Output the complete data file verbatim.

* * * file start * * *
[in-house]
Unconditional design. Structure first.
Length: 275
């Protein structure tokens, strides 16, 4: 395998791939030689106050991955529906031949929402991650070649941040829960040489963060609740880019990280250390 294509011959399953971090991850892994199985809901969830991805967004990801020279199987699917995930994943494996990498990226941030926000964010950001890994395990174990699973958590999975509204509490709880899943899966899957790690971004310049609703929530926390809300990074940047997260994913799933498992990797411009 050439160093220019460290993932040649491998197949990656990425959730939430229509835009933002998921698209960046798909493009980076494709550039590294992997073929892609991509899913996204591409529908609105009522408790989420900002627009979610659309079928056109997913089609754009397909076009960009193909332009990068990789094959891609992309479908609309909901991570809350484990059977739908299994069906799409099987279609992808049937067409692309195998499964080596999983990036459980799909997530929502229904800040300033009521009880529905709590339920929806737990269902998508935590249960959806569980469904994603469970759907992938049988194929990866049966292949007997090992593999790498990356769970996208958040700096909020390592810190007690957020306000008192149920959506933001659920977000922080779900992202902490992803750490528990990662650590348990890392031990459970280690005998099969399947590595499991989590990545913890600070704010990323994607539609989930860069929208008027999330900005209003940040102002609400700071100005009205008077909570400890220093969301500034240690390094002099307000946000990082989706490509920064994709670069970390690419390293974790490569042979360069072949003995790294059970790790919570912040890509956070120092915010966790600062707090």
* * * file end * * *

[in-house]
Unconditional design. Structure first.
Length: 275
């Protein structure tokens, strides 16, 4: 395998791939030689106050991955529906031949929402991650070649941040829960040489963060609740880019990280250390 294509011959399953971090991850892994199985809901969830991805967004990801020279199987699917995930994943494996990498990226941030926000964010950001890994395990174990699973958590999975509204509490709880899943899966899957790690971004310049609703929530926390809300990074940047997260994913799933498992990797411009 050439160093220019460290993932040649491998197949990656990425959730939430229509835009933002998921698209960046798909493009980076494709550039590294992997073929892609991509899913996204591409529908609105009522408790989420900002627009979610659309079928056109997913089609754009397909076009960009193909332009990068990789094959891609992309479908609309909901991570809350484990059977739908299994069906799409099987279609992808049937067409692309195998499964080596999983990036459980799909997530929502229904800040300033009521009880529905709590339920929806737990269902998508935590249960959806569980469904994603469970759907992938049988194929990866049966292949007997090992593999790498990356769970996208958040700096909020390592810190007690957020306000008192149920959506933001659920977000922080779900992202902490992803750490528990990662650590348990890392031990459970280690005998099969399947590595499991989590990545913890600070704010990323994607539609989930860069929208008027999330900005209003940040102002609400700071100005009205008077909570400890220093969301500034240690390094002099307000946000990082989706490509920064994709670069970390690419390293974790490569042979360069072949003995790294059970790790919570912040890509956070120092915010966790600062707090």